Salman Taseer had not been charged or indicted but Mumtaz Qadri decided he was to be judge, jury and executioner
The decision to uphold the death sentence for Mumtaz Qadri is being viewed by some analysts and commentators as a step in the maturation process of Pakistani state and society. The Supreme Court has struck down a plea which was seeking to revoke the death sentence awarded for the murder of former Punjab governor Salmaan Taseer. The death sentence was first awarded by an anti-terrorism court and then challenged on grounds that are now determined as unsupportable. The Supreme Court further announced a short order restoring the order of the anti-terrorism court. Analysis to the effect that the Court order is somehow an indicator of the maturity of Pakistani state and society may perhaps be premature. The lawyers for Qadri were satisfied that he committed no offence by killing Mr Taseer — and there are, unfortunately, significant numbers of people who agree with that perspective. Indeed, lawyers themselves pelted Qadri with flower petals at one of his early court appearances and some religious groups have expressed similar sympathy for him.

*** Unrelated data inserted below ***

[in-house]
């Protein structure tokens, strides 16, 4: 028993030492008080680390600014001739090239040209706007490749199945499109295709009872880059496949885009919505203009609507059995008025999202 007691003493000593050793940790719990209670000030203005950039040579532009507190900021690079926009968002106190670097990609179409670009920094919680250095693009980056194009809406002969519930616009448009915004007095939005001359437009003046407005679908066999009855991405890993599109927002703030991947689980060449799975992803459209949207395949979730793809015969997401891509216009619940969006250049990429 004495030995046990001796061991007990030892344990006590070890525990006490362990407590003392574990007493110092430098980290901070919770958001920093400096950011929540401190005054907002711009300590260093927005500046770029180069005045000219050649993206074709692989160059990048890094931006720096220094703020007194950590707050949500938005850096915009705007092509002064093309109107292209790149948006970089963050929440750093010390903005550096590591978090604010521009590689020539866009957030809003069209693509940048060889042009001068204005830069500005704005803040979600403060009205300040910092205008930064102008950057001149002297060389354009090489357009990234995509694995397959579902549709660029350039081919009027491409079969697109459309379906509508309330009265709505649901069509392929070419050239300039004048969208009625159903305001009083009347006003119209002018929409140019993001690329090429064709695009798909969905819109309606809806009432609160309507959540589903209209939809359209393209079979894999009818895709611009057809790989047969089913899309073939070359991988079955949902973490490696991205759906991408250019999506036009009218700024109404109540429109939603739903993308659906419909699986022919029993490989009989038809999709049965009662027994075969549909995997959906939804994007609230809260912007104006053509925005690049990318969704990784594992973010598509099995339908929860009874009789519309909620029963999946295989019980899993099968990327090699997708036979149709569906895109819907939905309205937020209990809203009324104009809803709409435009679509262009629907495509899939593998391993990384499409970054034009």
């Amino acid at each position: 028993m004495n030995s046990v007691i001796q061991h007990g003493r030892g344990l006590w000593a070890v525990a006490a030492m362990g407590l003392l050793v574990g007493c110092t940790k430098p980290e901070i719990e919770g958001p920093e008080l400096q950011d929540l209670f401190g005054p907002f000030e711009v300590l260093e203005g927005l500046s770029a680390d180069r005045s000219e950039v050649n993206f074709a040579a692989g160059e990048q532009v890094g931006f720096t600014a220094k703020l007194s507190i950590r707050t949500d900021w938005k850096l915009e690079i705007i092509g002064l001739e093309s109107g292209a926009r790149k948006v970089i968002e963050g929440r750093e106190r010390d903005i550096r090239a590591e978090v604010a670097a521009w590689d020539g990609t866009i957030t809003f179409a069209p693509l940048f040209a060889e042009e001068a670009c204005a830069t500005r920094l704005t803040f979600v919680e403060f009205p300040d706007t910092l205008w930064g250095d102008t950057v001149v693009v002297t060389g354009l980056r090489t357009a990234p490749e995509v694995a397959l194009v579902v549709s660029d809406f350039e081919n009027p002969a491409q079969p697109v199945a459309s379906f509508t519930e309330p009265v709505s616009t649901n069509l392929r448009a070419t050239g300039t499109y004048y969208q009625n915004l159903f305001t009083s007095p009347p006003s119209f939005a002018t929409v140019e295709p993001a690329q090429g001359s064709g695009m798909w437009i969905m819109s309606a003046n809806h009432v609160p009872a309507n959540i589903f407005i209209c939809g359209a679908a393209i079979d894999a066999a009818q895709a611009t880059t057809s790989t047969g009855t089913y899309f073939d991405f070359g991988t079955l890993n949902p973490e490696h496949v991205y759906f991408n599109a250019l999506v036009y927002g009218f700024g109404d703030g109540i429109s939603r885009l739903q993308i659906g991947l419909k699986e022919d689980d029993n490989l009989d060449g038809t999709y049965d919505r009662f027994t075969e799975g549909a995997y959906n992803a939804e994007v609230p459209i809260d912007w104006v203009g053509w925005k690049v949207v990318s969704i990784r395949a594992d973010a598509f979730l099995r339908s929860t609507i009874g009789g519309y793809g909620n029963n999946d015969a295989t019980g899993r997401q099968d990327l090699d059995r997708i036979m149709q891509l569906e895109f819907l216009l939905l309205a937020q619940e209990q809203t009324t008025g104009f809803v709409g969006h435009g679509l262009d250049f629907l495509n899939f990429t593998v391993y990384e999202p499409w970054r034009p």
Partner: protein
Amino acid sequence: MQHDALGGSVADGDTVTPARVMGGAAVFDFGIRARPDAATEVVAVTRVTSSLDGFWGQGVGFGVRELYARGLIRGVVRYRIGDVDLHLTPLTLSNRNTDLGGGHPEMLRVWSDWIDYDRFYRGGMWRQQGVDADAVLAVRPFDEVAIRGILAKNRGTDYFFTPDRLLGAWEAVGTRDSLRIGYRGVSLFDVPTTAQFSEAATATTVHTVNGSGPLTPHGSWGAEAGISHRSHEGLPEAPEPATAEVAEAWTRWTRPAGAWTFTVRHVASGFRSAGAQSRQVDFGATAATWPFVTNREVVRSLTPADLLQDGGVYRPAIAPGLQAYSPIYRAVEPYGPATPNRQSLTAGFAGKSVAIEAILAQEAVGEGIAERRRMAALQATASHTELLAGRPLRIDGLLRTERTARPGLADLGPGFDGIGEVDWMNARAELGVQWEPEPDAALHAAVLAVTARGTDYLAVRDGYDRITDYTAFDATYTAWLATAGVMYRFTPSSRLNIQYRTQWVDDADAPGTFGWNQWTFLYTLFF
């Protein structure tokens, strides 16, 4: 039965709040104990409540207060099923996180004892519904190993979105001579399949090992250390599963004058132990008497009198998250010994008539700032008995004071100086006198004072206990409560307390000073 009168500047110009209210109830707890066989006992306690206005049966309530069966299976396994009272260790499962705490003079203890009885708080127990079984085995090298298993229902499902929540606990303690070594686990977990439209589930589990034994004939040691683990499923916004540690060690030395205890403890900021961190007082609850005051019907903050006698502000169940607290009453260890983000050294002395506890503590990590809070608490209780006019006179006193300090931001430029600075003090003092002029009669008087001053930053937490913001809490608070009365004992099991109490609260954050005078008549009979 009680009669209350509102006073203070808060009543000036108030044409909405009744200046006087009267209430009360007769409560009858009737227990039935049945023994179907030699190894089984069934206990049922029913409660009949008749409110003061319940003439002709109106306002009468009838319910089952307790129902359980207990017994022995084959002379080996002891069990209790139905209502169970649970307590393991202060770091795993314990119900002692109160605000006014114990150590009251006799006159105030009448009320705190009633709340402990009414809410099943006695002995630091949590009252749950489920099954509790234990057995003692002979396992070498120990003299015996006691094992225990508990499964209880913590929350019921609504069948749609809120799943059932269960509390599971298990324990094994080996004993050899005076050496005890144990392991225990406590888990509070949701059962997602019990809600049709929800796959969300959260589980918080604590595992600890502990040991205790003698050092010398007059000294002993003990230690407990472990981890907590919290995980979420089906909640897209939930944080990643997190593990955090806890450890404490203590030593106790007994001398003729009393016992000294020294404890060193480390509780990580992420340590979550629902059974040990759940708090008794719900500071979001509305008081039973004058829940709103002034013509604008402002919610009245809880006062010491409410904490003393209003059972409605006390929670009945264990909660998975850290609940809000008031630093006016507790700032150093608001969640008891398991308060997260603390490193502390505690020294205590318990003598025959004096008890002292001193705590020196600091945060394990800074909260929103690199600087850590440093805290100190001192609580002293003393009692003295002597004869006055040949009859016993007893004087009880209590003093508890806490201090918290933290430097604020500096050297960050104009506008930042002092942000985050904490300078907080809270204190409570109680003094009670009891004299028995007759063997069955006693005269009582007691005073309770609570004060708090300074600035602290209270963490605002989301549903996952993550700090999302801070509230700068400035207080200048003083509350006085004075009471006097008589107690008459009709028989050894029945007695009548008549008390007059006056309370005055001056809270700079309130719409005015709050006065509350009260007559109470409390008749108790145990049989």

However, the Supreme Court decision does speak clearly and emphatically for the rule of law. The rule of law has to be paramount even if individuals and institutions disagree with it — and while this newspaper does not support the death penalty, it does support and respect the rule of law. The decision also speaks of the courage of the members of the superior judiciary who in making this decision are quite possibly putting their own lives at hazard.
For too long, individuals and courts have been bullied into silence owing to the influence of violent extremists. This landmark decision signifies that we can’t allow such elements to dictate terms any longer and stifle debate on important matters. Mr Taseer had broken no law, not been charged or indicted, but Qadri decided that he was to be judge, jury and executioner. As the Supreme Court correctly observed at an earlier hearing “that way lies chaos”. It does, and the Supreme Court judged wisely.
Published in The Express Tribune, October 9th, 2015.
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